Featured Publication: Evaluation of the Fear Avoidance Behavior after Traumatic Brain Injury Questionnaire

Fear avoidance behavior is related to symptom persistence and disability in various health conditions, such as chronic pain. Fear avoidance behavior also may impact recovery from mild traumatic brain injury (mTBI), but no measure of this construct has been psychometrically validated for the mTBI population. Adults who sustained an mTBI (n = 159) were recruited from three outpatient mTBI clinics. Participants completed the new Fear Avoidance Behavior after Traumatic Brain Injury Questionnaire (FAB-TBI). The FAB-TBI includes 16 items drawn from well-established fear avoidance scales, primarily in the chronic pain literature. An exploratory factor analysis and Rasch analysis were conducted to evaluate the factor structure, dimensionality, and differential item functioning of the FAB-TBI. The FAB-TBI scale was found to have strong internal consistency (Cronbach’s α = 0.9). Exploratory factor analysis suggested at least two distinct factors (activity avoidance and cogniphobia). Initial fit to the Rasch model was adequate, with one misfitting item. The model was not improved after removing the misfitting item. Best fit to the unidimensional Rasch model was achieved after items were combined into three super items based on exploratory factor analysis and retaining the misfitting item 12 (χ2 (6, n = 159) = 2.1, p = 0.06). The FAB-TBI appears to be a psychometrically sound measure of fear avoidance behavior after mTBI. Conversion tables are made available to convert scores into interval-level data for future research.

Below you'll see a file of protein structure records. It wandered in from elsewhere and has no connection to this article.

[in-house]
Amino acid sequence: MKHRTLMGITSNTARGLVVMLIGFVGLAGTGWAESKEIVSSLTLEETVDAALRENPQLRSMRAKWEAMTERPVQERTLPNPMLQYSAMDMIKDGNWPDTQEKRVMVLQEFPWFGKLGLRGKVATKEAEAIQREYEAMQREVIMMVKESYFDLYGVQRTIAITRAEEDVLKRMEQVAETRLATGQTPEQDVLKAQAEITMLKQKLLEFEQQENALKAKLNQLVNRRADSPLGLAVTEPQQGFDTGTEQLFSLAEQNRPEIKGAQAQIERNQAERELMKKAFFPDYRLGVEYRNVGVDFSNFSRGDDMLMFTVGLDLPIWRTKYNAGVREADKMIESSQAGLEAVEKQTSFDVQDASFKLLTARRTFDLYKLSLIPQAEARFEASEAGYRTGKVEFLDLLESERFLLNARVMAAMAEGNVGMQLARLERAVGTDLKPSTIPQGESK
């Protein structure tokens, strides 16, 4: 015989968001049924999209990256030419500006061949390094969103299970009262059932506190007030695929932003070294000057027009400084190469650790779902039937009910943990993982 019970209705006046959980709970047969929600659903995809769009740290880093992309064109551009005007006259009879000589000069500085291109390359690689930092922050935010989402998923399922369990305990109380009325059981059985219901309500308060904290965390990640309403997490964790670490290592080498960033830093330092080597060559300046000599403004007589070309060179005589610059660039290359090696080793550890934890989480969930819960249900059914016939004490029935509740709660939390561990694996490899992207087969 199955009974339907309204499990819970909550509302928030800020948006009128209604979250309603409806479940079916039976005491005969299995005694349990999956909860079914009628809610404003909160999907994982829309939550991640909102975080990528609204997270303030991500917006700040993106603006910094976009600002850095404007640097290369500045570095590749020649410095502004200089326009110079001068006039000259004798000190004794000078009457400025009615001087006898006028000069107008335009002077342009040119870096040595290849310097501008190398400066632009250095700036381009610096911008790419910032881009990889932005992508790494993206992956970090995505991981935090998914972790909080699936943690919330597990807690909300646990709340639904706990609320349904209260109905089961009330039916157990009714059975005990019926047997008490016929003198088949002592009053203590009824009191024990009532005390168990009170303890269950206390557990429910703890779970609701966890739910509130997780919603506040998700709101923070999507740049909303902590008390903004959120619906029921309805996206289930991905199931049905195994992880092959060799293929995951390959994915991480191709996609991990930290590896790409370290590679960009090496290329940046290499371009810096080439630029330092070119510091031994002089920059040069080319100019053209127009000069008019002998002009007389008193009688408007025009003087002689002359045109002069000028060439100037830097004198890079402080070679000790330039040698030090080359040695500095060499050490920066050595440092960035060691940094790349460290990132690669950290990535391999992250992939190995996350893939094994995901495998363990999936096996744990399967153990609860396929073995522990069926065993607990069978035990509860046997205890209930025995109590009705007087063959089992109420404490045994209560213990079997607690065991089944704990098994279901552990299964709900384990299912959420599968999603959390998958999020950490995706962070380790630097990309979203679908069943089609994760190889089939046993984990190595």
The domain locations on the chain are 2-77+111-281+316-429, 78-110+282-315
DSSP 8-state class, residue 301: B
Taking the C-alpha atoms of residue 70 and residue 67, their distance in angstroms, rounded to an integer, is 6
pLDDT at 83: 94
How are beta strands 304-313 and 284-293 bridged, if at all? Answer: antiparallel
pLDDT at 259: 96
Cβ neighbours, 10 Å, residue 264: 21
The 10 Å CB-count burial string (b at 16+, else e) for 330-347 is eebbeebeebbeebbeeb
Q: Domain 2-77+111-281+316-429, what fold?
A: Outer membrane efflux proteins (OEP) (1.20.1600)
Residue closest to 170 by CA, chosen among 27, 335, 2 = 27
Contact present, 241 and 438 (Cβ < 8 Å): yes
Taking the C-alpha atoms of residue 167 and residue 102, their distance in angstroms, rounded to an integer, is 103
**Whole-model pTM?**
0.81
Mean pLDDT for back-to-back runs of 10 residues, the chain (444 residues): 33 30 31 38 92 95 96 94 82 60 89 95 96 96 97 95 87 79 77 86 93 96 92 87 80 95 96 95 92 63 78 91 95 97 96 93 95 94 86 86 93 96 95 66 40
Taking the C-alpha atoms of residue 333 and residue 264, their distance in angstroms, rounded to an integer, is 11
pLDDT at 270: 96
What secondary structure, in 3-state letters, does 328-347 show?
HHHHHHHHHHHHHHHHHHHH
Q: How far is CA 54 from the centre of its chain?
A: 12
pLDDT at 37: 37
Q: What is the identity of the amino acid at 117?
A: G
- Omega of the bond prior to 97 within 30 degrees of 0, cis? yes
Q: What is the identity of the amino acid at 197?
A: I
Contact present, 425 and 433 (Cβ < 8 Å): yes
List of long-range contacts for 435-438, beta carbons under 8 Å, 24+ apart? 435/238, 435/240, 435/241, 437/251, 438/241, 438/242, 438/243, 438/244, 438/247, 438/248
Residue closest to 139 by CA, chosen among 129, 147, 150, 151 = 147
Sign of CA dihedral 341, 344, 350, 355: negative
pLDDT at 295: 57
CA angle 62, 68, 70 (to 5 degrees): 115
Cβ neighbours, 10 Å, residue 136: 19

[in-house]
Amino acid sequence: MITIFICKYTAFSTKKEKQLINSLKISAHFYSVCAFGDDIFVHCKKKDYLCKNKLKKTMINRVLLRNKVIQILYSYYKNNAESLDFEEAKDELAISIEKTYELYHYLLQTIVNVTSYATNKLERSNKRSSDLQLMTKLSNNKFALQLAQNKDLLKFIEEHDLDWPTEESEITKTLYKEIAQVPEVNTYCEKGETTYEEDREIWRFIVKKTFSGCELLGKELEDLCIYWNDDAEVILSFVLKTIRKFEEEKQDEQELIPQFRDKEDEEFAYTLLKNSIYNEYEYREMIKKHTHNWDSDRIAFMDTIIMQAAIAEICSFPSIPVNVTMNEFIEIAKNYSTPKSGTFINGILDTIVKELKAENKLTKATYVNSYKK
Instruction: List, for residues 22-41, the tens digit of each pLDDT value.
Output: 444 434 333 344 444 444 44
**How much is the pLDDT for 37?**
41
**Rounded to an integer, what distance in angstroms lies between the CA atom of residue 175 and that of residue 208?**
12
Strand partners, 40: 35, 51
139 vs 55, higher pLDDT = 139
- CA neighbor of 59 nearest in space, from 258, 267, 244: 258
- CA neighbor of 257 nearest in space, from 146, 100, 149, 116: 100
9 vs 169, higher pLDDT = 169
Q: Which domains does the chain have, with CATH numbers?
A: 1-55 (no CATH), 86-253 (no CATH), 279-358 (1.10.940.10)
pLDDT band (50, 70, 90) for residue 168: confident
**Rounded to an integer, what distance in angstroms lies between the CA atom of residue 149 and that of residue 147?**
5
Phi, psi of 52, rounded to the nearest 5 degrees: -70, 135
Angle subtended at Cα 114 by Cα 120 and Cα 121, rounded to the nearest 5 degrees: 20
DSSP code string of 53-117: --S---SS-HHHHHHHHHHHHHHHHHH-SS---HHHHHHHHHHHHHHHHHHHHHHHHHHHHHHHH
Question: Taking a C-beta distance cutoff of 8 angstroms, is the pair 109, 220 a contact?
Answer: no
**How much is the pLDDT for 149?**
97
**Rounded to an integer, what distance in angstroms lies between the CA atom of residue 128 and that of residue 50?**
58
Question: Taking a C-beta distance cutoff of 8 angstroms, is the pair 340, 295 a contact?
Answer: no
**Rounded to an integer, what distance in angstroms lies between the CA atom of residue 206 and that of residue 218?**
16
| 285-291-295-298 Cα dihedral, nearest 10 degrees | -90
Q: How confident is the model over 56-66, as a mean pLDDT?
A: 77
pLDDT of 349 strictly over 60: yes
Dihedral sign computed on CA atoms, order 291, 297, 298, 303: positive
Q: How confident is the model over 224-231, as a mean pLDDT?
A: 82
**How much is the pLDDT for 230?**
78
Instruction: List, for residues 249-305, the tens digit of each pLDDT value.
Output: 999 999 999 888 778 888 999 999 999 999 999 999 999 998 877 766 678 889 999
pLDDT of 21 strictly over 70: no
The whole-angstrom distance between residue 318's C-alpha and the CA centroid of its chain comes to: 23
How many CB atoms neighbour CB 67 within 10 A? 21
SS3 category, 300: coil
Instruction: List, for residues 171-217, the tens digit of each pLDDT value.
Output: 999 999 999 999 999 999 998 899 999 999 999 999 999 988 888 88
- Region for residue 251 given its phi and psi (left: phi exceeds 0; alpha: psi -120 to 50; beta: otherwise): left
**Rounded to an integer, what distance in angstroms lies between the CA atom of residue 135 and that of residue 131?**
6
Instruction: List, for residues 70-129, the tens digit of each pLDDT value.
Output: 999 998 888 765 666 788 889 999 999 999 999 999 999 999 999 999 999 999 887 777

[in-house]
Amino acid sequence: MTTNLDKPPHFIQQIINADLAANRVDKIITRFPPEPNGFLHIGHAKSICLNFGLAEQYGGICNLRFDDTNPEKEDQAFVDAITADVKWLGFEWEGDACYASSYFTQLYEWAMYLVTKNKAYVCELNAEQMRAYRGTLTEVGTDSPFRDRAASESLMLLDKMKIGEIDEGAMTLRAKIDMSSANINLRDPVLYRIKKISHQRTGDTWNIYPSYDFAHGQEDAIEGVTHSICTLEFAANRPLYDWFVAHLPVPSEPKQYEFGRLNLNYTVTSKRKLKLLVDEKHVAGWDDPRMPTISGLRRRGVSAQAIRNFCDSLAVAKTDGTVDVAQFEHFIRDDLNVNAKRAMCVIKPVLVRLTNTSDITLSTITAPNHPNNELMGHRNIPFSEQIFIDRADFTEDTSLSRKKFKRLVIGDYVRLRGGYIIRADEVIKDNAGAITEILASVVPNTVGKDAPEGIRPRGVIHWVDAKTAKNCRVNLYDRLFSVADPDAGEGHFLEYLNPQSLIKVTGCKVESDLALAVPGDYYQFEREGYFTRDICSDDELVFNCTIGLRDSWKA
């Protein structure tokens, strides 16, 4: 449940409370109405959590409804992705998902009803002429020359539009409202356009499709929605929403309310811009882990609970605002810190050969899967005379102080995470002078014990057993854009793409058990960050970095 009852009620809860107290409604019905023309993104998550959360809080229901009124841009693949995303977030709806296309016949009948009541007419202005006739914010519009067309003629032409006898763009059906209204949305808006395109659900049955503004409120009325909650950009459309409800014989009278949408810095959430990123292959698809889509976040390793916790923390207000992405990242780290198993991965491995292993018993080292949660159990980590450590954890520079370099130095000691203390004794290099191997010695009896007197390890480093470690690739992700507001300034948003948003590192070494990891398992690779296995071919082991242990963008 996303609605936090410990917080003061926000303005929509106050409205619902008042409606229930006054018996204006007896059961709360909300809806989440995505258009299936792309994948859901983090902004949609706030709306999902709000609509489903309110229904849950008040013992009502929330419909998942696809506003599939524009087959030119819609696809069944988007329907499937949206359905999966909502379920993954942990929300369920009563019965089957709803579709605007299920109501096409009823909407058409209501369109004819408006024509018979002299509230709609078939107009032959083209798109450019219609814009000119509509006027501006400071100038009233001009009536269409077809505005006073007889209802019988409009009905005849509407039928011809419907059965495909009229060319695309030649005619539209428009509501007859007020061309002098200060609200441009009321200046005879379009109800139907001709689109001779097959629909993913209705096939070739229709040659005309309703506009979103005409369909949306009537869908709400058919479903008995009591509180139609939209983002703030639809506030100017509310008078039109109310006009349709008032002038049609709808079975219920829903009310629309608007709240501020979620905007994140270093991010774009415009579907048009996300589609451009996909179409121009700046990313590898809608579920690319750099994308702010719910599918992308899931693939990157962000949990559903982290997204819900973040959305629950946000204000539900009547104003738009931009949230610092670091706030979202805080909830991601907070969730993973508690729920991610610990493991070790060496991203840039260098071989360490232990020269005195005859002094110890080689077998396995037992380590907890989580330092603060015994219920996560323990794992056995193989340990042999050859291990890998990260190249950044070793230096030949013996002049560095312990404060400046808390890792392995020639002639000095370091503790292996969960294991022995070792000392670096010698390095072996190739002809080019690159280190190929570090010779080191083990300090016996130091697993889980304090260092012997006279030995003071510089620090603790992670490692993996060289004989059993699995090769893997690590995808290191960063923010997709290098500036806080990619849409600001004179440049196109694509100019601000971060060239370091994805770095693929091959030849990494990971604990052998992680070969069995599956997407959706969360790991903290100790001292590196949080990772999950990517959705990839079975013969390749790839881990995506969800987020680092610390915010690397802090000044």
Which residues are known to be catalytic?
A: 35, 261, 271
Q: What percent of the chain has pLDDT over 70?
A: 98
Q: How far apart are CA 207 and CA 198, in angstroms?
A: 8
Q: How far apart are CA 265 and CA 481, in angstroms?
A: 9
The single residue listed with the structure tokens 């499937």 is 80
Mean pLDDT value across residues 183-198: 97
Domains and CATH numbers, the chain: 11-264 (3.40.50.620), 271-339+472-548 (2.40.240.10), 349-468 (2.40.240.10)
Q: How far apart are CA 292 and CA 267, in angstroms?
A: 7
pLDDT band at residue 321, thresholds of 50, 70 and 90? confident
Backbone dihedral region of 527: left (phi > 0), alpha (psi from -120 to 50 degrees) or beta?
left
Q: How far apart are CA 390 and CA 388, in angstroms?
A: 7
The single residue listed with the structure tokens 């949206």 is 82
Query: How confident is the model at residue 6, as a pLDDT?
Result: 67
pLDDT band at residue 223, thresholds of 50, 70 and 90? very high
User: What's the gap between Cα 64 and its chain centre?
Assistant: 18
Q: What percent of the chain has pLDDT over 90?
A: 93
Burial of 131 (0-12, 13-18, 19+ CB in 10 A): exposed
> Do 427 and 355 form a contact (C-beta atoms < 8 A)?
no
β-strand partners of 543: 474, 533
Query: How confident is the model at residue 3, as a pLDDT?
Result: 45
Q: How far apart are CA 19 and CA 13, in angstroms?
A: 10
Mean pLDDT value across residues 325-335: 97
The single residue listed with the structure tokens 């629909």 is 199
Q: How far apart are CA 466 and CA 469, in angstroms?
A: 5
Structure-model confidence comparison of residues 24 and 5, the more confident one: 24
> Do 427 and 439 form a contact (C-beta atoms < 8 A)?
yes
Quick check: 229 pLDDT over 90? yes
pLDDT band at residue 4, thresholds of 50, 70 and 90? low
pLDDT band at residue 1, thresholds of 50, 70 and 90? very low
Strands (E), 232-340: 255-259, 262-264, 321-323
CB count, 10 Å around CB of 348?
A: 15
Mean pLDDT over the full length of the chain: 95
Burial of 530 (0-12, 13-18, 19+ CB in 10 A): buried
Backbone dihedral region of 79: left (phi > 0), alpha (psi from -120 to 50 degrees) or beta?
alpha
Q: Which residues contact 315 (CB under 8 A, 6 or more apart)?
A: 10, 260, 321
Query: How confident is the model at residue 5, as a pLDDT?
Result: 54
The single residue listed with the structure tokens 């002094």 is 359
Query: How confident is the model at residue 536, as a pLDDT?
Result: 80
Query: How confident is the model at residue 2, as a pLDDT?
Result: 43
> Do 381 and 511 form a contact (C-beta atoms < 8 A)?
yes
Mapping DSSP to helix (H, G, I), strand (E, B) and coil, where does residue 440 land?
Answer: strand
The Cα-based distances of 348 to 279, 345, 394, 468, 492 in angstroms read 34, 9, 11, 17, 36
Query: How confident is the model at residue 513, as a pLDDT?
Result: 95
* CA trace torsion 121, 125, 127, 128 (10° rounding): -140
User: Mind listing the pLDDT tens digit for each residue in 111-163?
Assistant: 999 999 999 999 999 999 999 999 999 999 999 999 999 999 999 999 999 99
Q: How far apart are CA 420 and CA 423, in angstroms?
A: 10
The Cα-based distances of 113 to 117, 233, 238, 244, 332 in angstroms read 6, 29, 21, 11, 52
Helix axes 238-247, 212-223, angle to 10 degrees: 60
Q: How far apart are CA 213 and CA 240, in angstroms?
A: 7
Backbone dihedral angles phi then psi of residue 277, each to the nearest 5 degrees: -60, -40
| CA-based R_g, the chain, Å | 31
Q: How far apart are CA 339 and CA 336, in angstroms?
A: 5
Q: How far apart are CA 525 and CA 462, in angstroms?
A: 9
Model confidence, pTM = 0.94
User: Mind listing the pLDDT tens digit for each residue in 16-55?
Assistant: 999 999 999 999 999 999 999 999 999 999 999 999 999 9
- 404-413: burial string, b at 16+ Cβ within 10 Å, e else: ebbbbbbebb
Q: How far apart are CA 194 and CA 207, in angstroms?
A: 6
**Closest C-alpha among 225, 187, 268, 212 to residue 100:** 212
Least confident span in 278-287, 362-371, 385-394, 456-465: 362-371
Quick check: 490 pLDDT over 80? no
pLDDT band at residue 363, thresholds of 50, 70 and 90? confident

Article: Journal of Neurotrauma

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